Israel’s former state prosecutor Shai Nitzan on Thursday accused Prime Minister Benjamin Netanyahu of lying to the public, while defending his own decisions which have come under increased scrutiny in recent days.
Netanyahu has redoubled attacks against Nitzan and other law enforcement figures following a report this week that claimed the former prosecutor covered up possible police misconduct to avoid giving ammunition to allies of the premier, who have sought to portray the criminal cases against him as a “witch hunt.”
On Tuesday, Netanyahu apologized to the family of Yaqoub Abu Al-Qia’an for the government having portrayed him as a terrorist after he was shot to death by police in 2017. Netanyahu intimated that the police had tried to cover up their mistake in order to harm him.
“As soon as I saw the prime minister of Israel stand in front of the entire country and say that ‘the state prosecutor and the chief of police made an innocent man into a terrorist in order to harm the prime minister’ I said enough,” Nitzan said, in a series of media appearances.
“How many lies can you put in one sentence, how much cynicism. To stand before the public and say a sentence like that full of lies… is unthinkable,” Nitzan said. “Is it conceivable that we would make an innocent citizen into a terrorist in order to harm the prime minister?”
The suggestion was “absurd,” said Nitzan, who also pointed out, in an interview on Channel 12 news, that he was appointed to his post by Netanyahu, as was former chief of police Roni Alsheich and still-serving Attorney General Avichai Mandelblit, who respectively led the graft investigations and filed corruption indictments against Netanyahu.
Netanyahu has accused all three men of complicity in what he claims is an attempt to oust him by manufacturing false corruption charges against him. The prime minister is on trial in three cases, charged with fraud and breach of trust in all three, and bribery in one of them. He denies any wrongdoing.
Nitzan said he felt compelled to speak up after listening to Netanyahu’s remarks earlier this week regarding the death of Abu Al-Qia’an, who was shot by police officers in January 2017, when they arrived to oversee the demolition of houses in his home village of Umm al-Hiran, an unrecognized Bedouin village that the state was razing to clear the way for a new Jewish town.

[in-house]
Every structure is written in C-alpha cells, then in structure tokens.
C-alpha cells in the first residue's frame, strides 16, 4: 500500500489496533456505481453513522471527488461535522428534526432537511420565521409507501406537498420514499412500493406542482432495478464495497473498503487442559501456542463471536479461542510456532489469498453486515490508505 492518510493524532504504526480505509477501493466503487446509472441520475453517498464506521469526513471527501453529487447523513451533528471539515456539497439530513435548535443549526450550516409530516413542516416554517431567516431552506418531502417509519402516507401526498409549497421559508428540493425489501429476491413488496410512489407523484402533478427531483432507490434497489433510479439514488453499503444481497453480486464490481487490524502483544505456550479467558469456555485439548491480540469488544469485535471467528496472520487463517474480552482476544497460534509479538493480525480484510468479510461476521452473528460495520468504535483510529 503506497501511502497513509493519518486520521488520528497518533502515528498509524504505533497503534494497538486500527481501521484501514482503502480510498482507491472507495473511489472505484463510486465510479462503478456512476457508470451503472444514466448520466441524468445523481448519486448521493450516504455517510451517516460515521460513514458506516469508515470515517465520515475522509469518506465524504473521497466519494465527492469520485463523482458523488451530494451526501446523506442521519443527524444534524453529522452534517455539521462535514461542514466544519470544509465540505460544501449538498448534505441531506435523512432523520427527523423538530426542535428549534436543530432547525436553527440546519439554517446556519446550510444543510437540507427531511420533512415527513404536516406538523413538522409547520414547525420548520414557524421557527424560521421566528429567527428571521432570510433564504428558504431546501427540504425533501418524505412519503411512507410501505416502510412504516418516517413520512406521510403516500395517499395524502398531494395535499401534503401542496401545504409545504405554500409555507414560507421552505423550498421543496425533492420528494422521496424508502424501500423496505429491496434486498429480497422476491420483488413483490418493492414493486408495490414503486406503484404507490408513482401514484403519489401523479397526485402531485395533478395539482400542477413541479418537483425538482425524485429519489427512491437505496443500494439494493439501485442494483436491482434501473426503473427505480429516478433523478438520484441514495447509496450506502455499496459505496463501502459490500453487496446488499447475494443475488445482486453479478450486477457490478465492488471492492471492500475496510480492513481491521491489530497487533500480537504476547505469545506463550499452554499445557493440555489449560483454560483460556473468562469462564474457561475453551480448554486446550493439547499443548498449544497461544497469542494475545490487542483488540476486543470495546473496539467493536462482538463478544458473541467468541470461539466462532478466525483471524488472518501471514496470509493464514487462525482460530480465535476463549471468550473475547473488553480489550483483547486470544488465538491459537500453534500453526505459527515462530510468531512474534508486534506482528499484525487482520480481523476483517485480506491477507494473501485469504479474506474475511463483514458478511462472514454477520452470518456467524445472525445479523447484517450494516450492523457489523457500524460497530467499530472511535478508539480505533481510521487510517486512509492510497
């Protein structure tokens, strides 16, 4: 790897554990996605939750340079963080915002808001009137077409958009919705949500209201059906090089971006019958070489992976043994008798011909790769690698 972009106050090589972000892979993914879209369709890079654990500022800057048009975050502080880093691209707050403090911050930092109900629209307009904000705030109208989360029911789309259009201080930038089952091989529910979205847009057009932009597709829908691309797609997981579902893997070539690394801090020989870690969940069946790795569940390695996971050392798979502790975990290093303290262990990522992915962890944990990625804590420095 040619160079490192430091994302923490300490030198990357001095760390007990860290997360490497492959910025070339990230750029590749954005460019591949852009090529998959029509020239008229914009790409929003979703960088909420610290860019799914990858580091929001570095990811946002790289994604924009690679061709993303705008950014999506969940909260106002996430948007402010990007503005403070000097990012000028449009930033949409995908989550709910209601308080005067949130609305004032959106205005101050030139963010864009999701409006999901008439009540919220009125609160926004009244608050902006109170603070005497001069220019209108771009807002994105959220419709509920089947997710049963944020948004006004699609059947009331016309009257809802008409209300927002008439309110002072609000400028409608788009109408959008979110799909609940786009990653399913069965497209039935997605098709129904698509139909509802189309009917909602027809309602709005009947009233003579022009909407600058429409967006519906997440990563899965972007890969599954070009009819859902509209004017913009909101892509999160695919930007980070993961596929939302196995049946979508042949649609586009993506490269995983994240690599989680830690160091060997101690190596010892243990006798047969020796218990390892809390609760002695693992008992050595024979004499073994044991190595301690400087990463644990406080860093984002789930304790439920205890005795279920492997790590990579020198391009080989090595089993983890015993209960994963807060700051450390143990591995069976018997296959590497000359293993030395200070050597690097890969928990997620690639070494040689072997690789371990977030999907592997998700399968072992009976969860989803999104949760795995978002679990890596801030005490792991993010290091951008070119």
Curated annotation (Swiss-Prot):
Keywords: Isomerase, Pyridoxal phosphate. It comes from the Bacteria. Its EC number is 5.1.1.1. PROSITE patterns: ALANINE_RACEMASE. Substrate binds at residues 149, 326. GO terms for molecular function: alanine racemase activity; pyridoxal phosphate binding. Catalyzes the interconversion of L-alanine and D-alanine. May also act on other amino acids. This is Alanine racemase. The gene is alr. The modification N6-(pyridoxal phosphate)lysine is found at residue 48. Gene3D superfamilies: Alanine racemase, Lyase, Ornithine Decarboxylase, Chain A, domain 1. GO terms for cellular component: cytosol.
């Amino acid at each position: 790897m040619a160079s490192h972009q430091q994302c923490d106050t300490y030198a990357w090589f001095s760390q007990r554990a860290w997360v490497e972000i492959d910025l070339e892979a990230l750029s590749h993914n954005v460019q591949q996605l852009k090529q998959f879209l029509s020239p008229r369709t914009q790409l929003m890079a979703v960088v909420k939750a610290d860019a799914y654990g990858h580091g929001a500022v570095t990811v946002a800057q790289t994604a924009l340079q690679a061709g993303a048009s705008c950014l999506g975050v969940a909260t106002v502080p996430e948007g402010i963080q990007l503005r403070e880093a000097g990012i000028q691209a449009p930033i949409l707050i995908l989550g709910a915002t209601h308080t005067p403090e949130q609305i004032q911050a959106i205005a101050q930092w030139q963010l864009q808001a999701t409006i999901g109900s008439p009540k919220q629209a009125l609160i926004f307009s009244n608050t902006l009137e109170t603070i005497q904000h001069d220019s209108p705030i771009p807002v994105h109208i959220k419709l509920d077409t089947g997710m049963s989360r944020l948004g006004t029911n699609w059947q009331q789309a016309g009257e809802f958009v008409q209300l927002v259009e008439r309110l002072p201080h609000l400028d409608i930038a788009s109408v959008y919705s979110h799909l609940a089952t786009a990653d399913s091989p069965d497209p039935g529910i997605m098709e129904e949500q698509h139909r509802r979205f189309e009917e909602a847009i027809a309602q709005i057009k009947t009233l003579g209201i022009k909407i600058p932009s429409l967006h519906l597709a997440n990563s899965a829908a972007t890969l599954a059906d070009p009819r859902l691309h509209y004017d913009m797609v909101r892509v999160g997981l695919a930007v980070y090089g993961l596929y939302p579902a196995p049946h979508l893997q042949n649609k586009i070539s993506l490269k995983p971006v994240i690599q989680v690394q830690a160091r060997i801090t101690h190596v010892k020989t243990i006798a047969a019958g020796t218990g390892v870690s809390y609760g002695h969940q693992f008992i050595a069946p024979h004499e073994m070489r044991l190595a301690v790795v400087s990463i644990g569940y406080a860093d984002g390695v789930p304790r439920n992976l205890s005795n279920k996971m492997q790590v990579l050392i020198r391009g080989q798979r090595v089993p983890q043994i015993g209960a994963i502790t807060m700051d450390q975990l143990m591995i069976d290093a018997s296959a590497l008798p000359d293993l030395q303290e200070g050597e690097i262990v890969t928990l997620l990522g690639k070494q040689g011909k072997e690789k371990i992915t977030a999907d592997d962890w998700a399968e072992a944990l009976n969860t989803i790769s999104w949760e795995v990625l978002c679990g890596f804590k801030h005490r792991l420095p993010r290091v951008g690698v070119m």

Though police have always insisted that Abu Al-Qia’an was carrying out a car-ramming, the Shin Bet security service and the Police Internal Investigations Department have both reportedly concluded that the father of 12 was shot in error and lost control of his vehicle which then hit a group of officers, killing one of them.
“Yesterday we learned that senior officials in the State Attorney’s Office and the police made Abu Al-Qia’an out to be a terrorist so that they could defend themselves and attack me,” Netanyahu said Tuesday.
A Channel 12 report Monday night said Nitzan had closed a probe into the then-chief of police Alsheich over his leaks to the press of the existence of a Shin Bet report Alsheich apparently mistakenly believed backed up the police version, but that he claimed was being suppressed by the Police Internal Investigations Division, or PIID, a Justice Ministry unit.
The station reported an email from 2018 sent by Nitzan to the head of PIID which said that highlighting differences between the State Attorney’s Office and the police “will only do good for those who want to do evil to the law enforcement system,” a seeming reference to attacks by the prime minister and his supporters on the criminal justice system amid the investigations against him.
Nitzan, in his various media appearances Thursday denied the e-mail was referring to the prime minister and pointed out that he had never said that Al-Qia’an was a terrorist and had certainly not backed up the police conclusion.
“I said that it can’t be determined if he is a terrorist, that there are indications both ways; I really didn’t back up the police chief in the matter,” said Nitzan who closed an investigation into the shooting in 2018.
Channel 12 also reported Monday that law enforcement officials recently filed a complaint with the state comptroller, alleging that senior police officers and Nitzan engaged in a widespread cover-up of a conflict of interest by one of the investigators into Netanyahu and his wife, Sara.
Nitzan told Channel 13 news he had looked into the matter and concluded the investigator in question did not have access to any material that compromised the Netanyahu corruption case.
When asked by Channel 13 if he was calling the prime minister a liar, Nitzan responded: “You said that.”
Netanyahu’s Likud party responded to Nitzan’s interviews in a statement reported by Channel 12, saying, “Shai Nitzan corrupted the law enforcement system and turned into a law circumventing system.”
Nitzan, the statement said, “is in a panic because he knows that an independent investigation will reveal the truth of trumped up cases against the prime minister on which he is the first who needs to be brought to justice.”
Netanyahu has used the Channel 12 revelations to criticize the legal proceedings against him.
“Is it possible that the attorney general didn’t know about all this behavior? Is it possible he didn’t approve this? I estimate with caution that the attorney general will not check into this. There’s no alternative but an independent inquiry,” Netanyahu said Wednesday. “Obviously there are political decisions being made here by senior law enforcement officials who are distorting justice and the law in order to overthrow a right-wing prime minister, in order to overthrow us,” the premier raged.